Two more mysterious craters of unknown origin have been spotted in Russia’s Siberia, just weeks after a similar-looking hole was discovered in the isolated area, according to The Siberian Times.
Russian researchers traveled to the site of the original hole but were still left scratching their heads as to what caused it.
The Siberian Times reports the most favoured theory is one involving “melting permafrost due to climate change, causing a release of methane gas, which then forces an eruption.”
Dr Chris Fogwill of the University of New South Wales weighed in for the Sunday Morning Herald this week, suggesting it might be a “pingo” – a large chunk of underground ice that can create a hole when it melts.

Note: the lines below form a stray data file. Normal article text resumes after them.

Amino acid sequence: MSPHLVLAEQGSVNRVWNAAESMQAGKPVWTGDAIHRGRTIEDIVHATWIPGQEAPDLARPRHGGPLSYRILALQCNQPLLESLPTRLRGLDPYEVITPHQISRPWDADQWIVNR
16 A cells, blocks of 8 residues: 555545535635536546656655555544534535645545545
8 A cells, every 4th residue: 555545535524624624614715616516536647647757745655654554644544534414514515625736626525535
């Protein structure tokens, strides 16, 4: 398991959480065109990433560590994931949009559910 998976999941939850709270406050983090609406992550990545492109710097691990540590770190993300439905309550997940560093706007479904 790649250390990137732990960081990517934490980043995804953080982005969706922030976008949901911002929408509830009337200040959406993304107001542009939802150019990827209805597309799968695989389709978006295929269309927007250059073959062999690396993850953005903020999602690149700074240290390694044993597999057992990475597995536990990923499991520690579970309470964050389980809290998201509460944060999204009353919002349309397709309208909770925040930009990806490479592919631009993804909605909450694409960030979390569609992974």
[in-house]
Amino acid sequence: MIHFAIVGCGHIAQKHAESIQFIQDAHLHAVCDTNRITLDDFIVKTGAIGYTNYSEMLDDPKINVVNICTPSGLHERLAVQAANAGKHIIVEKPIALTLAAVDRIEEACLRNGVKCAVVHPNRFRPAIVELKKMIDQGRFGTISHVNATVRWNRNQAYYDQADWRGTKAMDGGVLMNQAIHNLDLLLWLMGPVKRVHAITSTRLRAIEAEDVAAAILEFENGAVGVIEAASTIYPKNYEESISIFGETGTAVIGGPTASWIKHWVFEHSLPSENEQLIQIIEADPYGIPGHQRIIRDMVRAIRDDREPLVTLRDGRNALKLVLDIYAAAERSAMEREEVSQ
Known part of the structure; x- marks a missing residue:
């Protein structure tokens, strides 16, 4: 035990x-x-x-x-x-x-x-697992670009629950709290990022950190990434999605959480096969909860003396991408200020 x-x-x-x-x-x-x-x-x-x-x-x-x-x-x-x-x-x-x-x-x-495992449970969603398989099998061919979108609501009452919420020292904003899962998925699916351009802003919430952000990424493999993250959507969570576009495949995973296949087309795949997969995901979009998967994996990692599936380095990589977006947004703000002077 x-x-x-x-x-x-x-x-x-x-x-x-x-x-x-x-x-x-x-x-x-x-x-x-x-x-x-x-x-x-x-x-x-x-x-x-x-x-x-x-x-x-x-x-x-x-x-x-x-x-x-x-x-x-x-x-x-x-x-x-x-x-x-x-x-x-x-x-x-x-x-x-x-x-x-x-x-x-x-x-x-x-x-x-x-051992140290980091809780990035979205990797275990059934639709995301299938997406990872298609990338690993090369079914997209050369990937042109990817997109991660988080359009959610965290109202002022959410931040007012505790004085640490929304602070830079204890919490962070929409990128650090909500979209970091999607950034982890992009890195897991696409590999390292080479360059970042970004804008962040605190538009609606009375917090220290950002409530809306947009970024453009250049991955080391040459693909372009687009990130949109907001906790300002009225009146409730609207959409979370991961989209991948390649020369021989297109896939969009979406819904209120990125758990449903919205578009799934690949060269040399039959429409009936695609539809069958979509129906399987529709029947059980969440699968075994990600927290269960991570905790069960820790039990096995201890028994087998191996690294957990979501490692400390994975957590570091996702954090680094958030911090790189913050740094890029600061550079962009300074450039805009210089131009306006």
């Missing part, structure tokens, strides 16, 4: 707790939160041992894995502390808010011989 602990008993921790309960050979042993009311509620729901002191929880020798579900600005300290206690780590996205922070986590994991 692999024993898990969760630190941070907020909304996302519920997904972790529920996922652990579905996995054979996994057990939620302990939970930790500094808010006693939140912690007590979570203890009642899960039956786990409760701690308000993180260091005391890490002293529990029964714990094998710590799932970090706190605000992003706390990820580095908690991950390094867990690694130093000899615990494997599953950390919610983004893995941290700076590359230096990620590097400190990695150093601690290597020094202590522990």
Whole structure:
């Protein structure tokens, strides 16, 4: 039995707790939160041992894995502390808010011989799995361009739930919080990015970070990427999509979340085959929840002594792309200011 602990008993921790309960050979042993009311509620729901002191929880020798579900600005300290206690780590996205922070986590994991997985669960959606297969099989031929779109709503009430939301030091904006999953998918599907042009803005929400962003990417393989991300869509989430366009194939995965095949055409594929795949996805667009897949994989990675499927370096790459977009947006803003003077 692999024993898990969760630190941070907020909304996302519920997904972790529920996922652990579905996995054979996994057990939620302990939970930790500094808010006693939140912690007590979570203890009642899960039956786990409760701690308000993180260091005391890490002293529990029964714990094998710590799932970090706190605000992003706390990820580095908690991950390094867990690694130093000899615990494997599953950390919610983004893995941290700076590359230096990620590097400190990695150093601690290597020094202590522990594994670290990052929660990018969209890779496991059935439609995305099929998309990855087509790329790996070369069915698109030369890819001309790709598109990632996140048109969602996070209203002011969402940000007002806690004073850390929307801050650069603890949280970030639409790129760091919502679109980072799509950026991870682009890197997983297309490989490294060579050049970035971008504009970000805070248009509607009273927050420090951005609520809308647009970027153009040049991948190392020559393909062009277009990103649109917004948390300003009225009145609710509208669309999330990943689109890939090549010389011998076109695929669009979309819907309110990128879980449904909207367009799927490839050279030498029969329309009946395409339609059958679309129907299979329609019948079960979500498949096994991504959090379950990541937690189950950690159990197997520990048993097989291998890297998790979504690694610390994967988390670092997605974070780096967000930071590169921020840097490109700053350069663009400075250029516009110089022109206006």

Others are pointing some 40 kilometres away at a huge gas extraction plant at Bovanenkov, claiming shale oil mining and fracking were the cause.
Andrey Plekhanov, senior researcher at the Russian Scientific Centre of Arctic Research, said satellite mapping imagery was showing the holes were most likely formed some time in the past two years.
He said years 2012 and 2013 were “relatively hot for Yamal”, adding some weight to the global warming theories, but more study was needed before that could be linked to the holes.
Meteorite strikes have been ruled out because up to 80 per cent of the crater appear to be made of ice, which scientists discovered by lowering acamera down the largest hole on Yamal Peninsula.
An icy lake also sits at the bottom of that hole.